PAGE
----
India: Killing the Messenger, Ignoring the Message

India: Killing the Messenger, Ignoring the Message

April 9, 2011: Three recent episodes, seemingly unrelated:

November 29, 2009: Reuters reported that Indian officials were investigating the leak of a radioactive substance into drinking water from an atomic power plant in Kaira, south of Bangalore.

April 10, 2010: the Times of India reported that exposure to radioactive Cobalt-60 in scrap at a disposal site outside of Delhi had left four workers fighting for their lives. The scrap had not originated in a nuclear facility but from industrial waste. Over the next month, government statements reiterated that those who handled potentially toxic waste were supposed to follow “stringent procedures.

August 13, 2010: NDTV (New Delhi Television) reported that British researchers had found a super-antibiotic-resistant bacterium in India. The scientific community, which often follows the practice of naming bacteria after the place where they are first isolated and identified, has given this one the name New Delhi Metallo-1. On April 7, 2011, BBC reported that a group of scientists in Cardiff had found antibiotic-resistant bacteria in Delhi drinking water. It is not clear whether these were the same type of bacteria. In both cases, the Indian health authorities immediately dismissed the studies involved.


I’m not a scientist and cannot vouch for the accuracy of any of these stories. They share one disturbing thread: in each case, the response of the authorities has been to assert immediately that safety procedures are flawless and that the unwelcome discovery is either without foundation or under control. They have sought to kill or at least discredit the messenger and if possible to bury the message as well.

Their authorities’ assertions may turn out to be correct (and then again, they may not). But it is implausible that anyone could have a real basis for denying that there is a problem before conducting a real investigation. Following both the radiation incidents, there was an investigation, and in the case of the nuclear scrap incident, the government did announce that it had retrieved 112 cobalt slugs and had bought monitoring equipment to install at India’s ports, having concluded that the radioactive scrap came from abroad. This is good, but one wonders whether it fully responds to the risk the incident uncovered. Are there effective procedures in place for monitoring domestic scrap?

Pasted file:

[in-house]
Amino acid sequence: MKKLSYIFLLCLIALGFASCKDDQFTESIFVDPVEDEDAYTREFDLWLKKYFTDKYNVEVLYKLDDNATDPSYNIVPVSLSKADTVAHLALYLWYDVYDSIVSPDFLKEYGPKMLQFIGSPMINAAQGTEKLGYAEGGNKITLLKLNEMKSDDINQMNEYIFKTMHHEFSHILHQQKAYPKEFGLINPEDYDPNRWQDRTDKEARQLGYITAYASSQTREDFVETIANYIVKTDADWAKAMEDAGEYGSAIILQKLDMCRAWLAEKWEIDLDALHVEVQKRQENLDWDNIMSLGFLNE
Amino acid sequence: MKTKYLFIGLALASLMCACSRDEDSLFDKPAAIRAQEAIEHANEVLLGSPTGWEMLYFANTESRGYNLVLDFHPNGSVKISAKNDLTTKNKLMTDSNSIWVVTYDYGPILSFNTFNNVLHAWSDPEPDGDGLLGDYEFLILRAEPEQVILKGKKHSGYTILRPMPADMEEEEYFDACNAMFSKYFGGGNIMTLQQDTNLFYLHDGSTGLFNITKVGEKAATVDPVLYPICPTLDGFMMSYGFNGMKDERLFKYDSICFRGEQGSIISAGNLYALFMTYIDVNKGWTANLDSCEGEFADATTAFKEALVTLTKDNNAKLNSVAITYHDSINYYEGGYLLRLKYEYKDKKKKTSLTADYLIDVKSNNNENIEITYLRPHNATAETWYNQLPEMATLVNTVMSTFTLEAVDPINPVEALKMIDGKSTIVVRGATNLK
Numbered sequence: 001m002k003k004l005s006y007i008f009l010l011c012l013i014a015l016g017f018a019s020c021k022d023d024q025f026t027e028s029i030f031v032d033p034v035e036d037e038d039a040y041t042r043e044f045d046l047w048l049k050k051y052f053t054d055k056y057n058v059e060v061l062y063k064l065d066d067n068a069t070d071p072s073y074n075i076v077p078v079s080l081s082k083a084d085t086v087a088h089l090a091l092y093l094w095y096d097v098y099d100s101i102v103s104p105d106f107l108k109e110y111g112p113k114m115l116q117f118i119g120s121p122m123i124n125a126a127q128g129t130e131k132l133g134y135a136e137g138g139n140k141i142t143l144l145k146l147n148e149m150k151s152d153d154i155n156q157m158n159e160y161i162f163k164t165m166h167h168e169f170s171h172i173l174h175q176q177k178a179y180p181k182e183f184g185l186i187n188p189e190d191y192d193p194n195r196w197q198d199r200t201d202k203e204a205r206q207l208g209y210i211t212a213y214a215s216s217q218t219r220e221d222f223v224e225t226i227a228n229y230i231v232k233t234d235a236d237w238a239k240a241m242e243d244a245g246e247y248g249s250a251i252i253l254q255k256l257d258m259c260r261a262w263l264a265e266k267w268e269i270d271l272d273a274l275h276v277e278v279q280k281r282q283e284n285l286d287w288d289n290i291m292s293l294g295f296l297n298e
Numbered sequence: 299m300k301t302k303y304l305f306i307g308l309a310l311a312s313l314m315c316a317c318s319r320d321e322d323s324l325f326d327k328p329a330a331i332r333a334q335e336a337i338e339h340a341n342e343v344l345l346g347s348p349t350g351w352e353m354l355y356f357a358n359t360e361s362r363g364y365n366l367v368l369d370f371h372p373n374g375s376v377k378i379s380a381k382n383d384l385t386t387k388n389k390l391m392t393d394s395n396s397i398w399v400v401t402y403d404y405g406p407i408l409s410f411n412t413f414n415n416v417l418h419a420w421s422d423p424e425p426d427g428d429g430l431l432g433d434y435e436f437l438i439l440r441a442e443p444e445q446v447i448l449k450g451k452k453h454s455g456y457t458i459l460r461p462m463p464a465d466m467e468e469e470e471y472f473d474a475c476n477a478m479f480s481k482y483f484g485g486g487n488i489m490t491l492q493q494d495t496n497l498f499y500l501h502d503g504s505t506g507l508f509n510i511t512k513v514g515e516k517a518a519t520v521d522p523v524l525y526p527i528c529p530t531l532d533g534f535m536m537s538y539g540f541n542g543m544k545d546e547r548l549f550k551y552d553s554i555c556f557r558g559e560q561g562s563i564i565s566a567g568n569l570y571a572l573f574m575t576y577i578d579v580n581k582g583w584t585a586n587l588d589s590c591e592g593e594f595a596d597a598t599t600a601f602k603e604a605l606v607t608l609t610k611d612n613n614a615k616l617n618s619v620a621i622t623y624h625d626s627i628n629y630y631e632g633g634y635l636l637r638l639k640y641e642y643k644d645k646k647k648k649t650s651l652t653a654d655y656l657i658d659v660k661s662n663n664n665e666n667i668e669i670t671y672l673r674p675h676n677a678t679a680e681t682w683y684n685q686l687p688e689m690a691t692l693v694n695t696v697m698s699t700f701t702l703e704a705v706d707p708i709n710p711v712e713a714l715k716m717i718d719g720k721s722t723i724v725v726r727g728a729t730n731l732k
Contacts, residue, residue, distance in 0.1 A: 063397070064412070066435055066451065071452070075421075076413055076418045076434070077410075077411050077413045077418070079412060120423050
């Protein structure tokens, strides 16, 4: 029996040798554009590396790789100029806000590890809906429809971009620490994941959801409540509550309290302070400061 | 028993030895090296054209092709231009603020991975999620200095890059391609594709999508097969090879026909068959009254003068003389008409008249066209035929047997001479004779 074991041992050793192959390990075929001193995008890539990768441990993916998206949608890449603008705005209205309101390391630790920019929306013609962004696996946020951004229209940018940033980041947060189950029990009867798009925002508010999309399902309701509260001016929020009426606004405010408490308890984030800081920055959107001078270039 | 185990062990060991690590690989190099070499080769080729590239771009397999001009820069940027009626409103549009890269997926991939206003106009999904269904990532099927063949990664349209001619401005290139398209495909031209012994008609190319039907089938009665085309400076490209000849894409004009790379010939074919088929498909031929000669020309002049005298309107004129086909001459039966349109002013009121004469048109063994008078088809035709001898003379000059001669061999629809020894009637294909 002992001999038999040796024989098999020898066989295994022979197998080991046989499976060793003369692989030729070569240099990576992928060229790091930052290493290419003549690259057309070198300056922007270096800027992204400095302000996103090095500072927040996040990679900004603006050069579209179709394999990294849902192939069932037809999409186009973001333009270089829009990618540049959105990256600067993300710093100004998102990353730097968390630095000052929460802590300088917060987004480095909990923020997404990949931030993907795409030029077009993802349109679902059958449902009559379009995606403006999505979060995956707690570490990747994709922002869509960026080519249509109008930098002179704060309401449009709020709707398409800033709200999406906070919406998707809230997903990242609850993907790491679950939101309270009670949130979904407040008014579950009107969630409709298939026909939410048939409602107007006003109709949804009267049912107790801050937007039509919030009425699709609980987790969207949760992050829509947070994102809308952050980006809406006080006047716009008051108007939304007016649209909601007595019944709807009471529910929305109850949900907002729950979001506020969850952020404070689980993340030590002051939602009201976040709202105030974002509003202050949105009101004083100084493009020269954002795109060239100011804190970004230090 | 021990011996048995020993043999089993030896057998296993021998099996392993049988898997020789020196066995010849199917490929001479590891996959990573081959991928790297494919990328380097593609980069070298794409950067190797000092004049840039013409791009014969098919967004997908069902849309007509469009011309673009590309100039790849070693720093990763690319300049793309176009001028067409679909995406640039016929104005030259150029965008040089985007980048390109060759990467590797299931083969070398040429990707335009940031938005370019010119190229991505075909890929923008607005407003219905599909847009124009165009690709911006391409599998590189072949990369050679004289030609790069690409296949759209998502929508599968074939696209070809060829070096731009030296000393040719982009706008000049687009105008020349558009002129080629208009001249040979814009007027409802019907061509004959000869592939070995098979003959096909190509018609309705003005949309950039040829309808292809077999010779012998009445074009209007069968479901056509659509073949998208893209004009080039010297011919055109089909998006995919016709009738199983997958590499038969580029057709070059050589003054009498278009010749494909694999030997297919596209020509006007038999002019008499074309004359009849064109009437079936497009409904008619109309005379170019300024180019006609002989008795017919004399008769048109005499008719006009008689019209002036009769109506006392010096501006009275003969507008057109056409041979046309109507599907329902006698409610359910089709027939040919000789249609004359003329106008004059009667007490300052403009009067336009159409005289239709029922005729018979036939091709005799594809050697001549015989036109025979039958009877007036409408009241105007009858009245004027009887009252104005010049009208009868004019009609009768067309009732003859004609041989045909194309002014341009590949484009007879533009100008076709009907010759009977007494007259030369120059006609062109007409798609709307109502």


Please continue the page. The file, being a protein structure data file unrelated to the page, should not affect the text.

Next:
More importantly, “flawless” safety procedures do not exist. Security, whether from nuclear leaks, from resistant bacteria, or from a whole host of dangerous conditions, is a moving target. Procedures are implemented by fallible human beings, and the fidelity with which they are implemented is always open to question. Even if the procedures were faithfully executed, a security lapse may mean that the procedures now need to change. Systems that protect today may be inadequate next year – or next month.

These problems are not unique to India. In 2007, an aircraft carrying six nuclear warheads flew across the United States without any authorization or even awareness by the military authorities, a grave security lapse and a huge embarrassment for the U.S. military.

No institution likes to be embarrassed. Even more, no institution likes to be criticized or examined by outsiders. (I spent 30 years in the U.S. diplomatic service, and I can understand in my bones the institutional defense reflex.) And yet, both a modern economy and democratic government demand just that when it appears that there may have been a serious breach of security measures, whether military, medical, or in some other aspect of life where the government undertakes to keep people safe.

India has undergone amazing transformation in the past two decades. In any country, the behavioral side of transformation lags behind things like economic expansion. Government institutions – Indian, U.S., or other – will not provide the kind of transparent accountability that is needed unless they are pressed to do so by their own citizens. Moreover, citizens’ concept of an acceptable level of safety changes with greater prosperity.

As India becomes a world leader with a presence in much of the globe, is it time for a new look at institutional accountability, and at safety?

Teresita Schaffer

1 Comment

  1. P.R.Chari says:

    Good to give these issues of State insouciance and mendacity an airing.
    In fact, the Cobalt-60 traced to a Delhi scrap market was found to come from Delhi University’s Chemistry Department. It was for some radiation experiments done in the seventies, after which everyone forgot. The related equipment lay forgotten in the junk store, until the Department decided to get rid of its junk.The AEC was desperate to slur over the fact that, as per laid down procedures, they had to ensure and the Chemistry Department had to report the usage of the Cobalt-60 annually, and to ensure that it was returned when not required. Interesting aspect of this incident was that the junk dealer who found the Cobalt-60 thought it was valuable and slept with it under his pillow for safety from theft!
    Nobody wants to admit the truth of Murphy’s law. It is inexorable. But, fortunately the United States and India are democracies with a free press to draw attention to these incidents. How would China have handled these situations?

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